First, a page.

The government has introduced the Financial Accountability Regime Bill 2023 into the House of Representatives.
The final report of the Royal Commission into Misconduct in the Banking, Superannuation and Financial Services Industry recommended extending the BEAR to all APRA regulated entities. The Morrison government’s Financial Accountability Regime Bill 2021 lapsed because of the 2022 federal election. The Albanese government introduced the Financial Accountability Regime Bill 2022 last year but has introduced the new 2023 bill this year to incorporate recommendations made by the Senate Economics Legislation Committee. The 2023 bill is substantially the same as the 2022 and 2021 bills. That said, the 2023 bill more clearly articulates the scope of the minister’s exemption power and provides for parliamentary oversight of the regime.
If passed, the bill would impose a financial accountability regime (FAR) on APRA regulated entities such as authorised deposit-taking institutions (ADIs), insurers (specifically, licenced non-operating holding companies, life and general insurance licensees and private health insurance licensees) and superannuation trustees (accountable entities). It will replace and replicate the existing banking executive accountability regime (BEAR) that applies only to ADIs.
The new regime will impose obligations on both accountable entities and the “key personnel” of those entities (accountable persons). It will impose accountability obligations, key personnel obligations, notification obligations and deferred remuneration obligations on regulated entities and conduct obligations on accountable persons.
The regime will be regulated by ASIC and APRA.
The core obligations of the FAR:
- Accountability obligations: An accountable entity must act with honesty integrity and with due skill, care and diligence. It must also deal with the regulators in an open, constructive and co-operative way. An accountable person must take reasonable steps to ensure their accountable entity complies with its licensing obligations.
- Key personnel obligations: An accountable entity must provide the regulators with an accountability map and individual accountability statements. These must show the accountable person responsible for each area of the entity’s business.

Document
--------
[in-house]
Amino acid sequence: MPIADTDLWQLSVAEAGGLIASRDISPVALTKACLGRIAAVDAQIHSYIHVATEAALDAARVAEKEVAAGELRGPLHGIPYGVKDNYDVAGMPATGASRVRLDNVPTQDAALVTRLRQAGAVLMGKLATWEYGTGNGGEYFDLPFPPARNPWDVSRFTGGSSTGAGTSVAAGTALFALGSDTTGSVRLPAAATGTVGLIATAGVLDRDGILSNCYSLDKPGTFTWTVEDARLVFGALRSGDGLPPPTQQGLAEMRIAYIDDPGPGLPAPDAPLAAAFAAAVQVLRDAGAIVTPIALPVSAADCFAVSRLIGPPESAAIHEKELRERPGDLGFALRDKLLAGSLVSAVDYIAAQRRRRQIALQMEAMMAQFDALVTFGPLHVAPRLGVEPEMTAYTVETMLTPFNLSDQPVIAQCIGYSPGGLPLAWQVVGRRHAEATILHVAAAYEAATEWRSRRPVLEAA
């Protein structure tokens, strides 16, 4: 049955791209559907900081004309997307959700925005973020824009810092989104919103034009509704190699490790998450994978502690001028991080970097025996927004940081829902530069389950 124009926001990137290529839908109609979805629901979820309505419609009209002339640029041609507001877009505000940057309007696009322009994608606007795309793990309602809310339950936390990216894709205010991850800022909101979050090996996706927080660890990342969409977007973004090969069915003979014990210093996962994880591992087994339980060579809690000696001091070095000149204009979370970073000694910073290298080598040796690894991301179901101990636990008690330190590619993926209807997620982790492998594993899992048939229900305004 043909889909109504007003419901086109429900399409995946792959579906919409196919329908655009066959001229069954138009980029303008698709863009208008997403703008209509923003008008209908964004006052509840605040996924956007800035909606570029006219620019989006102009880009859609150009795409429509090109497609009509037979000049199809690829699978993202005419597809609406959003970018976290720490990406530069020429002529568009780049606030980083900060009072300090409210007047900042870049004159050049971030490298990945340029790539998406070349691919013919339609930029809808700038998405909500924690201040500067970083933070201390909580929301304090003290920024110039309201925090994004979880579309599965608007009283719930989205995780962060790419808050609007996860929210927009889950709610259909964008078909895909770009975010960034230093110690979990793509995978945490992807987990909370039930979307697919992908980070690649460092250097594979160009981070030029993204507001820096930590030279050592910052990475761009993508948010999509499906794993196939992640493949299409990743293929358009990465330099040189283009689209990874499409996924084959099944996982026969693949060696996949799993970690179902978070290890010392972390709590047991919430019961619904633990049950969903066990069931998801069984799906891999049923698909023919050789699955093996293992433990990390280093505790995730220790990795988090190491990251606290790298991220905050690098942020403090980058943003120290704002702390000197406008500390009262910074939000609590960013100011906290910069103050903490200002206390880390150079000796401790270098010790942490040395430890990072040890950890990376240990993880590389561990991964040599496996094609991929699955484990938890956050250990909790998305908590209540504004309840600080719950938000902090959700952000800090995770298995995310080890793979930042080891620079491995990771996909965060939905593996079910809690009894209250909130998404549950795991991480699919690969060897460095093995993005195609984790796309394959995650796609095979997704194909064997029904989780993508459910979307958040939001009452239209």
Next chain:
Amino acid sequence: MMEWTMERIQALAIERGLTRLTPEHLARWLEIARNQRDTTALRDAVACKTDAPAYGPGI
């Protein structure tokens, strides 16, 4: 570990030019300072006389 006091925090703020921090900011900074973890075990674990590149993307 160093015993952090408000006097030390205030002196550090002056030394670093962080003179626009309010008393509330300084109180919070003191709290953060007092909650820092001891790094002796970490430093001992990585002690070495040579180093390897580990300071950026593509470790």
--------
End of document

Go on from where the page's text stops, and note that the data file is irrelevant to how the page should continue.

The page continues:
- Deferred remuneration obligations: An accountable entity must defer at least 40% of the variable remuneration of each accountable person for a minimum of four years. The entity must have a remuneration policy that sets out when this remuneration will not be paid.
- Notification obligations: An accountable entity must notify the regulators of certain matters prescribed in the legislation.
The maximum penalty for an accountable entity will be the greater of the following:
- 50,000 penalty units (currently $13.75 million);
- 3 times the benefit derived or detriment avoided by the entity because of contravention; and
- 10% of annual turnover of the body corporate, to a maximum of 2.5m penalty units (current $687.5 million)
The maximum penalty for an accountable persons will be the greater of:
- 5,000 penalty units (currently $1.375 million); and
- 3 times the benefit derived or detriment avoided because of the contravention.
The regulator may also disqualify an accountable person from participating in a regulated industry in an executive or management role.
The 2023 bill will almost certainly pass both Houses of Parliament as it is substantially the same as the 2021 bill introduced by the Morrison government.
The 2023 bill will commence the day after Royal Asset. The FAR will apply to ADIs six months after commencement and to insurers and superannuation trustees eighteen months after commencement.
If you are a regulated entity, you will need to, among other things, prepare an accountability map and individual accountability statements for your accountable persons. You must also set up a deferred remuneration process for those persons.
Need to know more?
If you have questions, or require assistance, in relation to how the FAR may impact your business, please contact our HWL Ebsworth Financial Services Advisory team.
This article was written by Michael Anastas, Partner, Byron David, Senior Associate and Claudia Just, Law Clerk.